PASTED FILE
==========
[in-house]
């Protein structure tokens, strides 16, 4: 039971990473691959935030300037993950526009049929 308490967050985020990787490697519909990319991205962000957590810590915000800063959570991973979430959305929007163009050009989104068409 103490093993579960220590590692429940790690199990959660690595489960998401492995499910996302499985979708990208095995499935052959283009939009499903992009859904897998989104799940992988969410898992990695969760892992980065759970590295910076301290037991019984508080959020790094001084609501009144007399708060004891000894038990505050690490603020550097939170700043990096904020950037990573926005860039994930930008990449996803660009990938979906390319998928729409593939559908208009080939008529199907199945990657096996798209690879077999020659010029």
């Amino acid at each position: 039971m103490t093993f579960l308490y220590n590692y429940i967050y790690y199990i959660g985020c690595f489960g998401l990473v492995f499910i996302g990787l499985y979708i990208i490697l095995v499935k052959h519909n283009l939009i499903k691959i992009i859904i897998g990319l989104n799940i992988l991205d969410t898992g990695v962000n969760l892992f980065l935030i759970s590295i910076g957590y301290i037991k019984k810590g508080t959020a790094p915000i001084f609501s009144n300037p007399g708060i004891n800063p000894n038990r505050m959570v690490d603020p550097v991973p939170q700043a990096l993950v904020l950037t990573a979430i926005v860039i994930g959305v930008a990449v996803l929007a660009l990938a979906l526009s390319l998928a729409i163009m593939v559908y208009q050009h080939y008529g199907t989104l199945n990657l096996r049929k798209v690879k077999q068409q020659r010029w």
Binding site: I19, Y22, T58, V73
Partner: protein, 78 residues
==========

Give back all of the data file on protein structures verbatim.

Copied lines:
[in-house]
């Protein structure tokens, strides 16, 4: 039971990473691959935030300037993950526009049929 308490967050985020990787490697519909990319991205962000957590810590915000800063959570991973979430959305929007163009050009989104068409 103490093993579960220590590692429940790690199990959660690595489960998401492995499910996302499985979708990208095995499935052959283009939009499903992009859904897998989104799940992988969410898992990695969760892992980065759970590295910076301290037991019984508080959020790094001084609501009144007399708060004891000894038990505050690490603020550097939170700043990096904020950037990573926005860039994930930008990449996803660009990938979906390319998928729409593939559908208009080939008529199907199945990657096996798209690879077999020659010029």
């Amino acid at each position: 039971m103490t093993f579960l308490y220590n590692y429940i967050y790690y199990i959660g985020c690595f489960g998401l990473v492995f499910i996302g990787l499985y979708i990208i490697l095995v499935k052959h519909n283009l939009i499903k691959i992009i859904i897998g990319l989104n799940i992988l991205d969410t898992g990695v962000n969760l892992f980065l935030i759970s590295i910076g957590y301290i037991k019984k810590g508080t959020a790094p915000i001084f609501s009144n300037p007399g708060i004891n800063p000894n038990r505050m959570v690490d603020p550097v991973p939170q700043a990096l993950v904020l950037t990573a979430i926005v860039i994930g959305v930008a990449v996803l929007a660009l990938a979906l526009s390319l998928a729409i163009m593939v559908y208009q050009h080939y008529g199907t989104l199945n990657l096996r049929k798209v690879k077999q068409q020659r010029w």
Binding site: I19, Y22, T58, V73
Partner: protein, 78 residues